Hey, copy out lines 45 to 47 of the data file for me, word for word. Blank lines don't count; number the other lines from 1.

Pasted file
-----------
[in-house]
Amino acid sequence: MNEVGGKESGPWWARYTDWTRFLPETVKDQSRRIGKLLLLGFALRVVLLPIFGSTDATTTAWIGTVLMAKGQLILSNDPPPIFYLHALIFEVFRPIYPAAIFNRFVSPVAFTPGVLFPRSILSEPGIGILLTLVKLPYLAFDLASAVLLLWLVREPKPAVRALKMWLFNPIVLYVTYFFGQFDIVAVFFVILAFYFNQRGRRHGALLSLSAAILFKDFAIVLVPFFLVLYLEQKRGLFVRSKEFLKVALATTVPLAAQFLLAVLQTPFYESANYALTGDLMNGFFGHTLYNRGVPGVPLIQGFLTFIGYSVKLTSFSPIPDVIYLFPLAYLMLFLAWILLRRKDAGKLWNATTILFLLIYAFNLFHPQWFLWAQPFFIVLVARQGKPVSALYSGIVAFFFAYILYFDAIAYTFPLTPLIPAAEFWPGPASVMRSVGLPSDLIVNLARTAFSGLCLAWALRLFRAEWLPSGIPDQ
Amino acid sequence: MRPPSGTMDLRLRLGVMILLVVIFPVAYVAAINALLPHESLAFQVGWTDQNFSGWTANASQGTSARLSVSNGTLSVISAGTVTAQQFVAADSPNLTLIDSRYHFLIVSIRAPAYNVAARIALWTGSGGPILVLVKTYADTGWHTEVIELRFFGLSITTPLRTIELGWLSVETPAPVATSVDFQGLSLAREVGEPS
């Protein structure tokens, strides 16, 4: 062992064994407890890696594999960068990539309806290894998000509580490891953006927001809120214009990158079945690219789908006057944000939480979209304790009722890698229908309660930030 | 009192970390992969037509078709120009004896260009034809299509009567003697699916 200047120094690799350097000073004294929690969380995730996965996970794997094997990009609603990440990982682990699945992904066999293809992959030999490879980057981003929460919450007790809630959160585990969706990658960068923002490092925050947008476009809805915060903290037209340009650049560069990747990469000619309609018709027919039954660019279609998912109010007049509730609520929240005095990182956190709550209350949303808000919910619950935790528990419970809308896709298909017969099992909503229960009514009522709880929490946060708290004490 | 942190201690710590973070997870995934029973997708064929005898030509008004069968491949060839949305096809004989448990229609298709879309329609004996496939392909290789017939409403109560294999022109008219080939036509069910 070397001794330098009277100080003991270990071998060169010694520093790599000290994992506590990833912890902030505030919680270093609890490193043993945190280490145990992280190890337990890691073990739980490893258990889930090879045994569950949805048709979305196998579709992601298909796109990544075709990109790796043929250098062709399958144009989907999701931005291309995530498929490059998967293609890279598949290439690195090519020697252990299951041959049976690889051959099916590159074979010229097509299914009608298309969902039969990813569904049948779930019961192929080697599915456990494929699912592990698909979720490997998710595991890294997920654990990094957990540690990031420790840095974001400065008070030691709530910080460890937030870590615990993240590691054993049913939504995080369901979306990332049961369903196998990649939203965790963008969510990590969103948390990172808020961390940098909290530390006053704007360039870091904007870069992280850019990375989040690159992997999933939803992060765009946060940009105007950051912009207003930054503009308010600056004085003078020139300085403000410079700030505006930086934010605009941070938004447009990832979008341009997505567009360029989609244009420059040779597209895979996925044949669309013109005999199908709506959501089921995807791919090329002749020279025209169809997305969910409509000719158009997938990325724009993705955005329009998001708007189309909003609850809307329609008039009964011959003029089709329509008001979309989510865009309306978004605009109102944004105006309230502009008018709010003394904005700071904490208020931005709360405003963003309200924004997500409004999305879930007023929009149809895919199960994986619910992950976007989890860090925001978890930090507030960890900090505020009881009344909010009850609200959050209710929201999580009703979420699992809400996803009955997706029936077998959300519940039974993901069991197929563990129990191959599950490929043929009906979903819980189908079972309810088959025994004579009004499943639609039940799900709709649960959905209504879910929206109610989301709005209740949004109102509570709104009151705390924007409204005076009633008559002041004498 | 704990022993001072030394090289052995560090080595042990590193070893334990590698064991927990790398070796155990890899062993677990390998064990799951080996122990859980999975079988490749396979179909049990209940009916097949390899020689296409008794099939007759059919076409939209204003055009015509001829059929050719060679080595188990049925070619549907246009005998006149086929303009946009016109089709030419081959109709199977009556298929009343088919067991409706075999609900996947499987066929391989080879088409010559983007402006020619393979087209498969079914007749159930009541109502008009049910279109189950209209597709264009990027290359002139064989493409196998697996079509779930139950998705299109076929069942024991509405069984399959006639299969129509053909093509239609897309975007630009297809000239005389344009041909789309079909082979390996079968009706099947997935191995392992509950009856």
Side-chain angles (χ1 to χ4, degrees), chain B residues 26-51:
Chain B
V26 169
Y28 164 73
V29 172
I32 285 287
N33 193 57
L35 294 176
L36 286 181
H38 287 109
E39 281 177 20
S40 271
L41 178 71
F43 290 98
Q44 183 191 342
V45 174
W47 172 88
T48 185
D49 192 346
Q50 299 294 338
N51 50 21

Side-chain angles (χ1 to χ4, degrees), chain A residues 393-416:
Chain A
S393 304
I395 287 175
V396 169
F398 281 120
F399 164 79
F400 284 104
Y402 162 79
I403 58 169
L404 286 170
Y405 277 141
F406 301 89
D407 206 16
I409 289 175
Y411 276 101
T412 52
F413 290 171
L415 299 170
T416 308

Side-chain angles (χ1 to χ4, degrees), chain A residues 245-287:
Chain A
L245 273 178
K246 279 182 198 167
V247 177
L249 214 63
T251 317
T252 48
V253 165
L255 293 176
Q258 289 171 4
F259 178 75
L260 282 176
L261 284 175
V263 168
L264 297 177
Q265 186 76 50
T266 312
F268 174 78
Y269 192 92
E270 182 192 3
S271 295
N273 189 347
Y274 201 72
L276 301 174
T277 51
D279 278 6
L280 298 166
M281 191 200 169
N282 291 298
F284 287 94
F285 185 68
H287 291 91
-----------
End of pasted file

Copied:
T416 308

Side-chain angles (χ1 to χ4, degrees), chain A residues 245-287:
Chain A